our body’s will change in ways that can not be imagined(we are still not sure what function the appendix preformed in our body’s ?) , in a thousand years we’ll be a new species. It is most likely that mars will be the first big step for ours species, for when we start to procreate on mars, it will be the dawn of a new homosapien. In his book, Cosmos, Carl Sagan spoke of how we and other alien lifeforms will cross space and branch out, like using stepping stones to cross a river, with each step, with each colony, we will travel father and farther from the Earth. Mars is our first step. In the distant future, who knows what we will become. If our nature and actions here are anything to look at, then I say we will become a Super Predator, not like the movies, where humans are pray. I fear for any lifeforms we encounter. Hopefully there not digestible. lol…

  7. hermit says

    Before we go to Mars, we need to populate the Moon. Then, because of the weaker gravity, we will be able to travel to Mars using less fuel and be more efficient. Having said this, it would be awesome to have some kind of Moon Base to jumpstart our way of building bases on Mars.

    The project can be done. All it will take is the cooperation of all nations and all peoples. When this common goal can be achieved, the truly we can call ourselves Space Travelers.

  8. Torbjorn Larsson OM says

    eventually we will leave this planet, if we are to survive.

    Why would our species be any different from others, in a biosphere which is ~ 4 Gy old? Humans will eventually evolve to something we wouldn’t recognize, whether we stay or not.

    But it is more interesting out there, and evolving our biosphere away to other places means safeguarding life.

    in a thousand years we’ll be a new species.

    Evolution is fast, but not quite that fast in long-lived mammals. Polar bears have diverged from other “brown bears” within the last 0.1 My, but can still cross with them. (Which is what will happen as their natural habitat melts away and they are forced south.)

    And, if we colonize remote enough bodies, we will eventually evolve into that many new species, branch out as you claim Sagan said. That “a new species” is tainted by the old “ladder of progress” idea, in reality branching happens.

  9. Uncle Fred says

    I feel it is more more probable that our machines will be doing the bulk of any colonization efforts. This is assuming we survive long enough to develop more flexible robotics and adaptable AI.

    We may never leave NEO as humans. Perhaps we will as some combination of the synthetic and the biological – or purely synthetic.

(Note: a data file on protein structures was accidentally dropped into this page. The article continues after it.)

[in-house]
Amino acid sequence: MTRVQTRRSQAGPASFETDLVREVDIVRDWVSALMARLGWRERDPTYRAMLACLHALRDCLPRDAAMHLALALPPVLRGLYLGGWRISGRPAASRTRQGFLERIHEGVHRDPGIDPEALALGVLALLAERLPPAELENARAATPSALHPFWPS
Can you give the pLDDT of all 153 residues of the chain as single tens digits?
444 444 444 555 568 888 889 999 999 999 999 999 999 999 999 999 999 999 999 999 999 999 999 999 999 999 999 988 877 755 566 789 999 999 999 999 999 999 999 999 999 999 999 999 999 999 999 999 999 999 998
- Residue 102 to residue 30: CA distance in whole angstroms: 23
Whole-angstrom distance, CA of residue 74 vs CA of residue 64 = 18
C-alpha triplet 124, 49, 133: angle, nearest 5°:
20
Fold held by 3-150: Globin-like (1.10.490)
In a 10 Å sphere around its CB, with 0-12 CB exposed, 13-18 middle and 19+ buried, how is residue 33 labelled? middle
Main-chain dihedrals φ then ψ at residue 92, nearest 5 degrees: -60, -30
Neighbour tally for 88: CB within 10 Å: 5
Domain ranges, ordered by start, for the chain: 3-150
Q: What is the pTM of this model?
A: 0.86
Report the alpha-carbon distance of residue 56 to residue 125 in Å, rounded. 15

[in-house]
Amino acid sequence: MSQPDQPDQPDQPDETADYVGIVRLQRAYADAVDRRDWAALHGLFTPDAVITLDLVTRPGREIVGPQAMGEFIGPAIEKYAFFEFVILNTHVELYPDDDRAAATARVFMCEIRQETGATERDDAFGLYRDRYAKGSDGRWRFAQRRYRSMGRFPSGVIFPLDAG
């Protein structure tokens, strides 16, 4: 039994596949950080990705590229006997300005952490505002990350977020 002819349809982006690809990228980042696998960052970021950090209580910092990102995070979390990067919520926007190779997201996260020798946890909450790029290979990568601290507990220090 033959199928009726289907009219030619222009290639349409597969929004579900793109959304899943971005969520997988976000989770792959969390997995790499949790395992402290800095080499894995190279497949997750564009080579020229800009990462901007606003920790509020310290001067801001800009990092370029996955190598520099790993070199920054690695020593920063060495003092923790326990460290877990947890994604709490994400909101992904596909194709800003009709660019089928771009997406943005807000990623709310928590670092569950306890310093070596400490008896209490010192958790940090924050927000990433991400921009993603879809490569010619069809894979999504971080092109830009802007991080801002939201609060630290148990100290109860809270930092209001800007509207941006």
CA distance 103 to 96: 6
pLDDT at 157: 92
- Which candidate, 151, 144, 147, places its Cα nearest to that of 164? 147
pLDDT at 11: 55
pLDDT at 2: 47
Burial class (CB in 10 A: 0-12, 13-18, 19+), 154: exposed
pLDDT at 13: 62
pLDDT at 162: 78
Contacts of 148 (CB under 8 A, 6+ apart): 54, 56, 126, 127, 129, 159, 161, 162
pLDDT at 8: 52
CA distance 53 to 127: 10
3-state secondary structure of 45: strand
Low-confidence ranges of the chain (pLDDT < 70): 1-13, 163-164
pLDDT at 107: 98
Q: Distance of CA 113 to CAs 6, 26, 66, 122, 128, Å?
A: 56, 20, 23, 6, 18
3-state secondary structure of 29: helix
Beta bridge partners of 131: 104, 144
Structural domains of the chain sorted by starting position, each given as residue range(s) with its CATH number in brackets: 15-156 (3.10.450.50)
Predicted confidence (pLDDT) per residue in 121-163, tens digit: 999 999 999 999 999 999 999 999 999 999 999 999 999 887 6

Again, this is all speculation, as all of our comments here are; accept of course OM’s remarks. His discussion on the rate of natural evolution is very correct (=

    Hope you are feeling better now OM.

  10. Maxwell says

    I don’t think robots will do, in the end.
    Sure they are a tool. But until they can run entirely autonomously and be self servicing, the range and complexity of mission with which you can trust a robot will be limited.
    Your asking for man to learn how to make living machines and, in essence, pass through the singularity in order to do a job that we’ve been able to do with humans since the 60’s.

    It would seem more feasible to make a better rocket than to make an entirely new form of circuit board based existence.

  11. Uncle Fred says

    I agree with you Maxwell, but Kurswell’s predictions based on the extrapolation of relevant trends seem plausible. He may be a bit premature with his predictions but assuming another 100 years of computer, robotics, and medical advances, sentient or at least affordable semi-independent machines may be available.

    Certainly if we could develop these systems, they would be better suited to interstellar travel.

  12. Maxwell says

    They would be, but its a big if on how far computer technology can go. We may be able to simulate our thought processes and make a machine that can operate in a similar way to us, but its still not “alive”.

    I think the reason many people became interested in space and other worlds initially is that it was a new place to live. A new life, however limited it might be.
    To leave it as a destination we only see in pictures is not selling the full potential of whats out there.
    As far as the big picture goes, we know we want to find a home for earth like life beyond the bounds of this planet eventually. Sticking to smaller, lighter, machines with limited needs does not advance out technology in the right direction for that to happen.